Influential British designer gives Portsmouth his seal of approval

IMPRESSED Sir Kenneth Grange at the Aspex Gallery, Gunwharf Quays. Picture: Malcolm Wells (14580-4037)
IMPRESSED Sir Kenneth Grange at the Aspex Gallery, Gunwharf Quays. Picture: Malcolm Wells (14580-4037)
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ONE of Britain’s most distinguished designers has said he was ‘pleasantly surprised’ by Portsmouth’s cultural offerings.

Sir Kenneth Grange, the creator of the InterCity 125 train and Britain’s first parking meter, visited some of the city’s sights yesterday including the Spinnaker Tower, Aspex Gallery, University of Portsmouth’s creative department, and Anglepoise, the iconic British lamp designer.

He said: ‘I live in the West Country, not far from Plymouth. There are interesting comparisons.

‘Cities are often home to a lot of clumsy accidents. But it looked to me like there were really quite a lot of decent buildings.

‘If you are a designer you get quite anxious that a place is going to be awful, but it was not.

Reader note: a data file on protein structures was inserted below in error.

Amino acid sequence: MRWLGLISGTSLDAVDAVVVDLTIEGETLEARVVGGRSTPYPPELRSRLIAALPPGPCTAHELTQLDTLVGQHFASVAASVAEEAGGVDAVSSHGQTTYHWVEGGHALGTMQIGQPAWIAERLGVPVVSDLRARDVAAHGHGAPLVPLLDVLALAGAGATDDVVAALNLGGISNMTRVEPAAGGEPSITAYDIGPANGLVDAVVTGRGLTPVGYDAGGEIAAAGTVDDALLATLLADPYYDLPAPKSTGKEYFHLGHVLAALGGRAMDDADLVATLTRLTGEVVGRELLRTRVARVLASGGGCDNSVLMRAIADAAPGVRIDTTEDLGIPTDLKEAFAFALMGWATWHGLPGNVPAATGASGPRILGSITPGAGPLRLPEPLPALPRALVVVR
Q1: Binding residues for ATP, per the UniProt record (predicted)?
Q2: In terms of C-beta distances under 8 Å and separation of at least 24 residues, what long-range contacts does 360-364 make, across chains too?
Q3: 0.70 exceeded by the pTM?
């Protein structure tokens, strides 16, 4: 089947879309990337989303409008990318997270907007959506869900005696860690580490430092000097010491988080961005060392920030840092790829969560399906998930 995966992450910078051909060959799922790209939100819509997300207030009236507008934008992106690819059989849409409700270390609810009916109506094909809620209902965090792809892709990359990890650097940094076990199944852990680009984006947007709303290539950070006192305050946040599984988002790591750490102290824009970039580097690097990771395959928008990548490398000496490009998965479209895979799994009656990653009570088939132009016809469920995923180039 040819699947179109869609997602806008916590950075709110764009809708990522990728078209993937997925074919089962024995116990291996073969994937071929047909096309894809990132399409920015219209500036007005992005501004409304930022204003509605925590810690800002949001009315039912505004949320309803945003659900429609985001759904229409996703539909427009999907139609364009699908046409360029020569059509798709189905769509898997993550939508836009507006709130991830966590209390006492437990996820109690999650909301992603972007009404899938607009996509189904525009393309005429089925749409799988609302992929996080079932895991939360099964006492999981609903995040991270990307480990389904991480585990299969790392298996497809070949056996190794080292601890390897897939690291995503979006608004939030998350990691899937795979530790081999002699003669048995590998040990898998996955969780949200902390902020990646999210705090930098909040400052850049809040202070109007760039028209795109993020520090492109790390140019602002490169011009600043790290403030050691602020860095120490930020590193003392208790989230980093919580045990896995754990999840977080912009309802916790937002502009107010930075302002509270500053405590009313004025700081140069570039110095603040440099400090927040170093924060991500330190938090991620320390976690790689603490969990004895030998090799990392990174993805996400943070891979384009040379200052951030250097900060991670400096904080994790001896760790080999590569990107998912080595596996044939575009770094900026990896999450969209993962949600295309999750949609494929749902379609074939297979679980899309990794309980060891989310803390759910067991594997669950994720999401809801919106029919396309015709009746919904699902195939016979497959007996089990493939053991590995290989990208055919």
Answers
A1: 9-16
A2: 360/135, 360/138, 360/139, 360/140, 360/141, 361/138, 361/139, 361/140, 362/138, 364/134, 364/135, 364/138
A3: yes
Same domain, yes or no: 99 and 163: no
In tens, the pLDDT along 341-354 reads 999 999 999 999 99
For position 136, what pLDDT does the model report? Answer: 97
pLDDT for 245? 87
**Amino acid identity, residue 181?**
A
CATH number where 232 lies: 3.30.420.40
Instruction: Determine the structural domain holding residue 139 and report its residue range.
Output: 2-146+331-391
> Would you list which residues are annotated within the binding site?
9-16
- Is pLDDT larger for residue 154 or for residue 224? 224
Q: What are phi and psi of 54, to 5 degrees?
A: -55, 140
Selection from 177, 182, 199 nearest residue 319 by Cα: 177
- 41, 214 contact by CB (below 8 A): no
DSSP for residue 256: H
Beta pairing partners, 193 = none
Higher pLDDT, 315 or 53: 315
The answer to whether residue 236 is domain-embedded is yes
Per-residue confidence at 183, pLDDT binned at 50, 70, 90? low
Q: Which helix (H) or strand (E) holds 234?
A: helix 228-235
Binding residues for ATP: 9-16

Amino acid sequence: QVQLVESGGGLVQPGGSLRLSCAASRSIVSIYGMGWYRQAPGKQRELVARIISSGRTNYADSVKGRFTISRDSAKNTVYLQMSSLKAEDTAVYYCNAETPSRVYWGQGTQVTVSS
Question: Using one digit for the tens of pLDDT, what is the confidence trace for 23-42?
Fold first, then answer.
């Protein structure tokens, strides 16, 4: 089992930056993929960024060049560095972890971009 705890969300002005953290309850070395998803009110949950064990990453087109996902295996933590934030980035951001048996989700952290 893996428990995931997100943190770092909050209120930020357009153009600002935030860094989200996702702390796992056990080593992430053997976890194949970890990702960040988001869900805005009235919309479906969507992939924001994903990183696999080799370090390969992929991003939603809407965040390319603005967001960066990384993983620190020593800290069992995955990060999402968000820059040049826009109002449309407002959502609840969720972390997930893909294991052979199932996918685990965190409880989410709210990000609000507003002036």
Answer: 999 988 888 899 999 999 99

‘There are quite a lot of designers around – some of us have been around for a long time.’

Sir Kenneth, who is designer director and responsible for the design of the Anglepoise, was knighted in the New Year Honours list at the end of 2012.

He has been working with the business in Farlington since 2002.

Sir Kenneth was given a tour of the city before the opening of the Joy of Design Exhibition at Anglepoise’s headquarters.

Among the images in the gallery of portfolio pictures is a wall of Sirs – including a picture of Sir Kenneth in his Hampstead home.

Simon Terry, innovation brand director and owner of Anglepoise, gave a speech at the opening, before photographer and journalist, Barbara Chandler, cut a ribbon to celebrate.

Anglepoise had bought most of Barbara’s exhibition pictures, with money going to charity.

Simon said: ‘When I went up to London and walked into the room, I saw this amazing array of pictures.

‘For Kenneth to be involved is also great. In this whole exhibition, we are bringing it out of London and bringing it to a different part of the country, which is fantastic.’

Barbara, who writes for the Evening Standard about homes and gardens, said she had decided to call her exhibition Joy of Design because everyone in her pictures was smiling.

She said: ‘It’s an ongoing project. It’s always evolving because for my work I go to design shows in Birmingham, London, Paris and Milan.’

Claire Sambrook, senior lecturer at the University of Portsmouth, added: ‘It has been a very successful day in that we have been able to show what we have to offer creatively in Portsmouth.’

To see Barbara’s full display, visit